THE 1950s — The Casino Theatre is now primarily a movie house.

Ads from August 1952 in "This Week in the Poconos" don't state a price for the movies, but they do indicate two shows every night, Monday through Saturday, and the features changing every other day.

Note the ad (click to view larger image) boasts "This Theatre Comfortably Cool." Air conditioning was just starting to boom as an industry. Chances are, the Casino didn't have it yet . . . otherwise the ad would say so! But the Casino needed to compete with other local movie houses such as The Sherman in Stroudsburg, which was bragging about its air conditioning.

In 1952, most movies were still being filmed in black and white. "Francis Goes to West Point" (the third of seven movies made about a talking Army mule) , "Pat and Mike" and "Carbine Williams" are all black and white features. "The Story of Will Rogers" is notably indicated as being in Technicolor. The push for color films was soon to begin, provoked by the growing prevalence of television, which would remain primarily black and white for years to come. (Color TV did not take off until the mid 1960s.)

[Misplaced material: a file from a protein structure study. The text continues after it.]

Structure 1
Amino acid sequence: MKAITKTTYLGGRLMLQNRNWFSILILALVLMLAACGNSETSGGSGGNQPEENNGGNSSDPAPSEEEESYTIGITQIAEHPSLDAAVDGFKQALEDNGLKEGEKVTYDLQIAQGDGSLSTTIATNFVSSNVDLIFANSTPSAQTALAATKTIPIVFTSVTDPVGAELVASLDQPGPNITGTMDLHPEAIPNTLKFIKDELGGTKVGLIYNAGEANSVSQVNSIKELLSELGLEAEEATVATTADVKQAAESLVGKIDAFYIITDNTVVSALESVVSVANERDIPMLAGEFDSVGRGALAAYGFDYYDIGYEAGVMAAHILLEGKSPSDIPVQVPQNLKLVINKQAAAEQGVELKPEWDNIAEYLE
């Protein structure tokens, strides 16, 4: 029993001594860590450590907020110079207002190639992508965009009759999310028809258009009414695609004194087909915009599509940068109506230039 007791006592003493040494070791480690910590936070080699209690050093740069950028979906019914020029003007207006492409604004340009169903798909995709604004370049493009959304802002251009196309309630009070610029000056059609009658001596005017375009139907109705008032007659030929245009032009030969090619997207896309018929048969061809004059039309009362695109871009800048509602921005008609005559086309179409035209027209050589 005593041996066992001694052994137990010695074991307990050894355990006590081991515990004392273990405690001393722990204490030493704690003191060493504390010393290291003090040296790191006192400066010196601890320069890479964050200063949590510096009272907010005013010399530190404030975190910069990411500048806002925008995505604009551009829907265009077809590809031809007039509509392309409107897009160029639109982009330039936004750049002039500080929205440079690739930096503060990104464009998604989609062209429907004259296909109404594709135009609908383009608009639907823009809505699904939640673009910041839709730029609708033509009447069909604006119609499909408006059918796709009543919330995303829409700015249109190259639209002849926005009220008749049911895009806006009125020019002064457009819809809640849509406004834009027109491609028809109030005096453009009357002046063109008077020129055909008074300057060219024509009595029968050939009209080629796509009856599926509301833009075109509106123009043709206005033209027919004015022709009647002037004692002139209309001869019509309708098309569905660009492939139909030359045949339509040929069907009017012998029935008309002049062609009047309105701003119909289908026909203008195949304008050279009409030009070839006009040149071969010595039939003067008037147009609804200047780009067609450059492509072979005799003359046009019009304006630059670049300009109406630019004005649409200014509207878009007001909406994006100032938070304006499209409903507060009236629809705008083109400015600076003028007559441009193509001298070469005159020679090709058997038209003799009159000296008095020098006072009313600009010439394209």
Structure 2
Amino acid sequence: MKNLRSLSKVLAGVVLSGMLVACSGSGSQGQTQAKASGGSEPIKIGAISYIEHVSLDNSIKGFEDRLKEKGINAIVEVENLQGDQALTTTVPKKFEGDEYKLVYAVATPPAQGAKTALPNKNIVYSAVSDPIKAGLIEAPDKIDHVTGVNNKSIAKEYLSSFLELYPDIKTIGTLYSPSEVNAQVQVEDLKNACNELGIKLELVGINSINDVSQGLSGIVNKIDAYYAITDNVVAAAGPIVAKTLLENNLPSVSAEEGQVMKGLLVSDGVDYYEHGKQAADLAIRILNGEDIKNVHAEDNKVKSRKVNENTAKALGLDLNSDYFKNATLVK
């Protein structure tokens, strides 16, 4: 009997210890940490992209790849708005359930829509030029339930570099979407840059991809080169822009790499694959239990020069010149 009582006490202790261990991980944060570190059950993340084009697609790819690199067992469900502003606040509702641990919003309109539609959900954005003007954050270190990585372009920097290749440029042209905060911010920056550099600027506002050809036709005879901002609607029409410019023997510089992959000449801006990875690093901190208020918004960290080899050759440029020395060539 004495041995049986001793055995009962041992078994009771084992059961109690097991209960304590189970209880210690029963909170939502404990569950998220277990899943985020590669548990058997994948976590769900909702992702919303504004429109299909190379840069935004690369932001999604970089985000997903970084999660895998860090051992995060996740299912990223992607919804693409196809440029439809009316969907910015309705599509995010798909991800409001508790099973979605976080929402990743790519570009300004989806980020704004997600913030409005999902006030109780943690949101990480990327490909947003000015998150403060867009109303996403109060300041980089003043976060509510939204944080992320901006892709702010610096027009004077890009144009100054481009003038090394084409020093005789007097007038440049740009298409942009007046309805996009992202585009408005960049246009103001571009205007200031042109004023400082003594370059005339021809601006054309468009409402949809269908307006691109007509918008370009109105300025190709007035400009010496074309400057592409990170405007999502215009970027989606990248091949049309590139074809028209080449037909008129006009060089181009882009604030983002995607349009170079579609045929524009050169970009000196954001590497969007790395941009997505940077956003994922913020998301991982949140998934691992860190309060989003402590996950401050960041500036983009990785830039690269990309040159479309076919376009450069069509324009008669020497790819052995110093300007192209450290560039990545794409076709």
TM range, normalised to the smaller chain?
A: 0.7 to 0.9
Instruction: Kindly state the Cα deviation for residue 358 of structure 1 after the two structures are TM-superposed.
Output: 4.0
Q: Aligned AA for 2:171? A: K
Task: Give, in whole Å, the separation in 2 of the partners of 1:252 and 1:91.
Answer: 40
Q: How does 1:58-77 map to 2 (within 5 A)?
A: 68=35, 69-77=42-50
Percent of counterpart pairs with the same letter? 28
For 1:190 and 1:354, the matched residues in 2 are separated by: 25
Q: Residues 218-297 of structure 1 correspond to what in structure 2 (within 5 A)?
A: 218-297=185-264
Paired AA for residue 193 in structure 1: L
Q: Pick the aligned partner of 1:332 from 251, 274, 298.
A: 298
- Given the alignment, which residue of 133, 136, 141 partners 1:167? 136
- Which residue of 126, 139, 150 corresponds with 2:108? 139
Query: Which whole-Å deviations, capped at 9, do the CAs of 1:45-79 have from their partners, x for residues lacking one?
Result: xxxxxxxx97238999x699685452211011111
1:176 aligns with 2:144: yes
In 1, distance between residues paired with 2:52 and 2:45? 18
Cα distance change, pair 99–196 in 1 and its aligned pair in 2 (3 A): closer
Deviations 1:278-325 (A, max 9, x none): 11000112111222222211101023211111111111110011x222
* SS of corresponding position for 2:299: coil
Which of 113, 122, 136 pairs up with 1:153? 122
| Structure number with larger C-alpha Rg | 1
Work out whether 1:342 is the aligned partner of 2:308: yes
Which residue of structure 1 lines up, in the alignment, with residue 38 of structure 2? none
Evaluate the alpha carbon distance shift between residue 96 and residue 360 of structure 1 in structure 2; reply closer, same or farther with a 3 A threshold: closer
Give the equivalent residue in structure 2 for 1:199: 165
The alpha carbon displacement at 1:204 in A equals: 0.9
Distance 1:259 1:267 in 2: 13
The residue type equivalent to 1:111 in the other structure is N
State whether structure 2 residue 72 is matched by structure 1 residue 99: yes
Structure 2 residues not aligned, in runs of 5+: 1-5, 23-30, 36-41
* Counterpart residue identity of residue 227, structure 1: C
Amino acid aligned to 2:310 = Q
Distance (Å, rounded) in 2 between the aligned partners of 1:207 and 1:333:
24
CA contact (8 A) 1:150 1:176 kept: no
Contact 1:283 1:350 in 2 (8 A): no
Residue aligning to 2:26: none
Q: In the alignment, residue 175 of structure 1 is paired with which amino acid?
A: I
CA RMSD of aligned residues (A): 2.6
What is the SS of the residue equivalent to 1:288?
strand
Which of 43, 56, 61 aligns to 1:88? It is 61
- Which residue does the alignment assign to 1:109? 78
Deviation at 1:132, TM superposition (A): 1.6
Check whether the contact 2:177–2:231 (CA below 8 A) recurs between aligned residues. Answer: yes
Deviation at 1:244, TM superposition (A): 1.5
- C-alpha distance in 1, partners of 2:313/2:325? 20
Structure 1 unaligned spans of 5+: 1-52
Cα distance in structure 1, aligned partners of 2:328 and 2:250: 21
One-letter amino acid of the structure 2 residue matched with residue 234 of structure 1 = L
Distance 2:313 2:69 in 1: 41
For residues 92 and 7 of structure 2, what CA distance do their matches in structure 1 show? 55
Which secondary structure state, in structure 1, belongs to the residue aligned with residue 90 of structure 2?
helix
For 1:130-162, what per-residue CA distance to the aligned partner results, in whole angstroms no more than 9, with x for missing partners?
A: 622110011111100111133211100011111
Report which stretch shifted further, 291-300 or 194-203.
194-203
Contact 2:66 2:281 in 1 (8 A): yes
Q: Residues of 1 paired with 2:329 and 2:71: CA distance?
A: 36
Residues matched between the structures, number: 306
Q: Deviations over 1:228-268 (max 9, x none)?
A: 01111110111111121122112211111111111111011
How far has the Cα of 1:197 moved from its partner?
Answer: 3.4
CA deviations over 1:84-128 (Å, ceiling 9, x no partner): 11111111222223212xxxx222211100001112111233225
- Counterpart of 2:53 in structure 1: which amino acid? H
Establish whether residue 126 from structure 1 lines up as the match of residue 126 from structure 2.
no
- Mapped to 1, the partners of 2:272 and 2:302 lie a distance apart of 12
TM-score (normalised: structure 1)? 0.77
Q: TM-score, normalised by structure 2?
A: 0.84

Note that the movie times are 7:30 and 9:30 p.m. "D.S.T." throughout the week. Daylight Savings Time was used across the country during World War II, but after the war its use varied among states and localities. It wasn't standarized in the U.S. until 1966 — that's why people used the "D.S.T." designation.

In 1952: Harry S Truman is president, but announces he won't seek reelection. (Dwight D. Eisenhower is elected in the fall.) Elizabeth II becomes queen of England at age 25 upon the death of her father, George VI. The United States is in the throes of the Cold War with the Soviet Union. Prime Minister Winston Churchill announces that the United Kingdom has an atomic bomb; the U.S. detonates the first hydrogen bomb. The Academy Award for Best Picture of 1952 went to "The Greatest Show on Earth."

THE 1960s